By Ray Pride

Cinema Eye Honors Announces 2013 Heterodox Nominees


Award Celebrates Narrative Features that Blur the Line Between Scripted and Nonfiction

November 25, 2013, New York – The Cinema Eye Honors for Nonfiction Filmmaking today announced the five nominees for its fourth annual Cinema Eye Heterodox Award, sponsored by Filmmaker Magazine.  The Cinema Eye Heterodox Award honors a narrative film that imaginatively incorporates nonfiction strategies, content and/or modes of production.

 The five films nominated for the 2014 Heterodox Award are: Andrew Bujalski’s Computer Chess, Randy Moore’s Escape From Tomorrow, James Franco and Travis Matthews’ Interior. Leather Bar., Kleber Mendonça Filho’s Neighboring Sounds and Carlos Reygadas’ Post Tenebras Lux.

These films illuminate the formal possibilities of nonfiction filmmaking while raising provocative questions about on-going documentary orthodoxy and the perceived boundaries between fiction and nonfiction filmmaking.  Previous winners of the award were Matt Porterfield’s Putty Hill (2011), Mike Mills’ Beginners (2012) and Jem Cohen’s Museum Hours (2013).

The 2014 Heterodox Award will be presented at the 7th Annual Cinema Eye Honors for Nonfiction Filmmaking on January 8, 2014,  at the Museum of the Moving Image in Astoria, Queens, New York.

“The 2014 Cinema Eye Honors Heterodox nominees prove once again that the contested space between narrative and documentary is the ideal cinematic environment to delve deep into our most modern tensions,” said Esther Robinson, Chair of the Cinema Eye Honors. Bringing us to settings as diverse as rural Mexico, dystopian Disneyland, and a forgotten leather bar, these films break convention to move us thrillingly out of our doctrinaire cinema comfort zone.”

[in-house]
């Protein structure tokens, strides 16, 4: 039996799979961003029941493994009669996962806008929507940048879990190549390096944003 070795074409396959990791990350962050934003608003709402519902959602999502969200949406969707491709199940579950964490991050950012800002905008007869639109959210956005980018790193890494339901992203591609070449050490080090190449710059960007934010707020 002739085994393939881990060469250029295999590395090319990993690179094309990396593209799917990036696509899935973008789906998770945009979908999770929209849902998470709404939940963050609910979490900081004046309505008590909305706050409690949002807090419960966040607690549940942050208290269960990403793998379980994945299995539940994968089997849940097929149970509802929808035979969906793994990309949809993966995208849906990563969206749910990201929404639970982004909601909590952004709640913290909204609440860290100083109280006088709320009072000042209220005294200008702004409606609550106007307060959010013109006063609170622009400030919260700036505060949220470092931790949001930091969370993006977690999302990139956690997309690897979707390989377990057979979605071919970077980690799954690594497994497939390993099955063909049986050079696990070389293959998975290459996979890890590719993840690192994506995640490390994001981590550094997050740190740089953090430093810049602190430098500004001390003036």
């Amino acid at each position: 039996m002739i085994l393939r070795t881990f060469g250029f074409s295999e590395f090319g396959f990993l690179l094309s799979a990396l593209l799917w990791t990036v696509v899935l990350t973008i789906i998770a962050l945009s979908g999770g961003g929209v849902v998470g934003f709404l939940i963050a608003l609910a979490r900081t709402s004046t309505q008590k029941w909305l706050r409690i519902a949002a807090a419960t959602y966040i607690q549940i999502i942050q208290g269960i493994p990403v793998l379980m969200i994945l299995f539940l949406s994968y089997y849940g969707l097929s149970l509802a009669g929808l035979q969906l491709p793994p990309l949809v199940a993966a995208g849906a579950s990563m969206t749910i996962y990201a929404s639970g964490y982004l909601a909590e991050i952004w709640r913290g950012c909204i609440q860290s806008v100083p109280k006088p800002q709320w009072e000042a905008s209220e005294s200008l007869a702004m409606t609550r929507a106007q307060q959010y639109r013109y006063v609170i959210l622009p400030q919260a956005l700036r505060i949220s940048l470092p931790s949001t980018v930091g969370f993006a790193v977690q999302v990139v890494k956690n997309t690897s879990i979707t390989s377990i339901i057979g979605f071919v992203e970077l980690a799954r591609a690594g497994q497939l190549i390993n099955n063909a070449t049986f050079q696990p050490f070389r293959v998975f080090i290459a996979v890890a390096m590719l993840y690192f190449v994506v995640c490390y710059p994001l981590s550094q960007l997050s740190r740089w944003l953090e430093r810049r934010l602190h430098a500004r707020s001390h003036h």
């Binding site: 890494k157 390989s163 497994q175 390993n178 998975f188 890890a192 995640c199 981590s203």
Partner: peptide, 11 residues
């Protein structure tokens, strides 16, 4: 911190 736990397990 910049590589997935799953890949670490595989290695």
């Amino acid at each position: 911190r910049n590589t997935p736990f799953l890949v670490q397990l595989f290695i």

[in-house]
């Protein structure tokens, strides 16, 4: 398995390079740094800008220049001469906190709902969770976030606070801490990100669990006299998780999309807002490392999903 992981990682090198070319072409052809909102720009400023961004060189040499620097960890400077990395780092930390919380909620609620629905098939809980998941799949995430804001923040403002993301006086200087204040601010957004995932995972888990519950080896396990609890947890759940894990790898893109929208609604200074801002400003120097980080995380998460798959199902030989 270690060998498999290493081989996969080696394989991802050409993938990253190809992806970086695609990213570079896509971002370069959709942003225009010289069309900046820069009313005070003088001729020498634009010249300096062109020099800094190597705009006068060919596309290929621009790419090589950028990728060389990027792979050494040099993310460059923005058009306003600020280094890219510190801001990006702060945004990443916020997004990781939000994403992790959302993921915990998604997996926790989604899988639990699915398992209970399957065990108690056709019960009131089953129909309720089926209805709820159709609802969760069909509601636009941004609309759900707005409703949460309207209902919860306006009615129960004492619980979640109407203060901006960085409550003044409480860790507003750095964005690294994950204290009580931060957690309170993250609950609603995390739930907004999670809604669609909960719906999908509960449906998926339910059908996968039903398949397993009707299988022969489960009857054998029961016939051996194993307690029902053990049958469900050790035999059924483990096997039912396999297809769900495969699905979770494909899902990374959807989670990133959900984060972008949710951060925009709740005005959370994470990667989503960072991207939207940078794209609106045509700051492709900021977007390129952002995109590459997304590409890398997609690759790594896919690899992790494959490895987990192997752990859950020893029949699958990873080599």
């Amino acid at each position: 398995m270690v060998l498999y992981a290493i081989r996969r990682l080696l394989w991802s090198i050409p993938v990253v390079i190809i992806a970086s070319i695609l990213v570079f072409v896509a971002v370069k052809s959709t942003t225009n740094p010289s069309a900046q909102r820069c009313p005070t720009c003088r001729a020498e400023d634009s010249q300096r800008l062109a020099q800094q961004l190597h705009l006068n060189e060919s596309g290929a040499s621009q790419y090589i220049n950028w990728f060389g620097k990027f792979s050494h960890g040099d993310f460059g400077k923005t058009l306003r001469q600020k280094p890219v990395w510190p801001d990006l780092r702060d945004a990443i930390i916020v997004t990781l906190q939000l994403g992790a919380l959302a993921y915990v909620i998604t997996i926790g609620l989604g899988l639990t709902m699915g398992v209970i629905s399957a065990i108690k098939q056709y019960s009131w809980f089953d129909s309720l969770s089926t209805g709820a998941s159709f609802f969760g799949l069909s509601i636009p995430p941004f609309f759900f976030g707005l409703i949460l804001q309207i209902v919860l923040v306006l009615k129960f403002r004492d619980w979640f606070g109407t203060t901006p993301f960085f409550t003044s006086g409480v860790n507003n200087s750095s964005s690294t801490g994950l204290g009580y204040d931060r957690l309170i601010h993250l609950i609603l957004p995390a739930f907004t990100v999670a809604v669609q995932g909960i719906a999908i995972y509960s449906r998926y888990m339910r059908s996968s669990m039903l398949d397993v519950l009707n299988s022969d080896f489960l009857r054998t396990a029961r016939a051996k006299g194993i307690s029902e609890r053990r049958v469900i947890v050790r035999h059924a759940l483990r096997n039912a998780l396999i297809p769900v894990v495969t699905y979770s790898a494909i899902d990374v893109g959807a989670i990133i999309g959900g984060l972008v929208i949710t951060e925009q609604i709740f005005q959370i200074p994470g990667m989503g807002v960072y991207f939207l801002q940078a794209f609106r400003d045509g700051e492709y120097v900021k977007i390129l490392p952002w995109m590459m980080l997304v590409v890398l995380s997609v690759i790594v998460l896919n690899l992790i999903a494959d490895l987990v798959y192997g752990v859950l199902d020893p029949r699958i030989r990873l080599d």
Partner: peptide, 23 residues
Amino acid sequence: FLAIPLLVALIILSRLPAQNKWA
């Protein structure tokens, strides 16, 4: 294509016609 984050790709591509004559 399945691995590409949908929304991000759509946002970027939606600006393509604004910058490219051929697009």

Ten finalists for the Heterodox Award were selected in voting by the Cinema Eye Honors Nominations Committee.  The ten finalists were then viewed and five nominees selected by the writers and editors of Filmmaker Magazine.  A jury will watch the five nominees and choose a winner that will be announced on January 8.

“This year’s Heterodox nominees are a formally audacious bunch as they allow their fictions to be shaped and remixed by historical, economic and technological currents,” said Filmmaker Magazine Editor-in-Chief Scott Macaulay. “From within their cinematic hybrid spaces, these films cast a compelling, critical eye on the changing world around us.”

The Five Nominees for the 2013 Cinema Eye Heterodox Award:

Computer Chess

Directed by Andrew Bujalski

Masterfully evoking the nerdy world of artificial intelligence engineers at a weekend computer chess convention, Andrew Bujalski’s 1980-set feature feels like a low-fi emissary from a pre-networked age. Shot in black-and-white on vintage video cameras, Computer Chess’s near-anthropological recreation is enormously witty — a loopy commentary on social ritual mediated by technology.

 Escape From Tomorrow

Directed by Randy Moore

The copyrighted images of the Walt Disney Corporation are deliciously appropriated by Randy Moore for his comic fantasia, Escape from Tomorrow. Shot secretly using consumer DSLRs and a stealth crew at real Disney theme parks, the film is both a hilarious psychosexual comedy and, with its legal provocation, a demonstration of how our childhood memories are the stuff of intellectual property disputes.

Interior. Leather Bar.

Directed by James Franco and Travis Matthews

Some 40 minutes of gay S&M footage was purportedly deleted from William Friedkin’s 1980 feature Cruising, and it is this lost material that inspires Travis Matthews and James Franco’s Interior. Leather Bar. What initially feels like a behind-the-scenes documentary about the recreation of these scenes turns into something very different as the film plumbs issues of sexual anxiety, the cinematic history of gay representation and the power of celebrity.

 Neighboring Sounds

Directed by Kleber Mendonça Filho

The social strata of a Brazilian seaside high-rise are depicted with a hallucinatory tension in Kleber Mendonça Filho’s Neighboring Sounds. When a wealthy apartment complex — the director’s own — is hit by a series of crimes, a private security firm creates its own unease in a film that cooly captures a society amidst economic and cultural transformation.

Post Tenebras Lux

Directed by Carlos Reygadas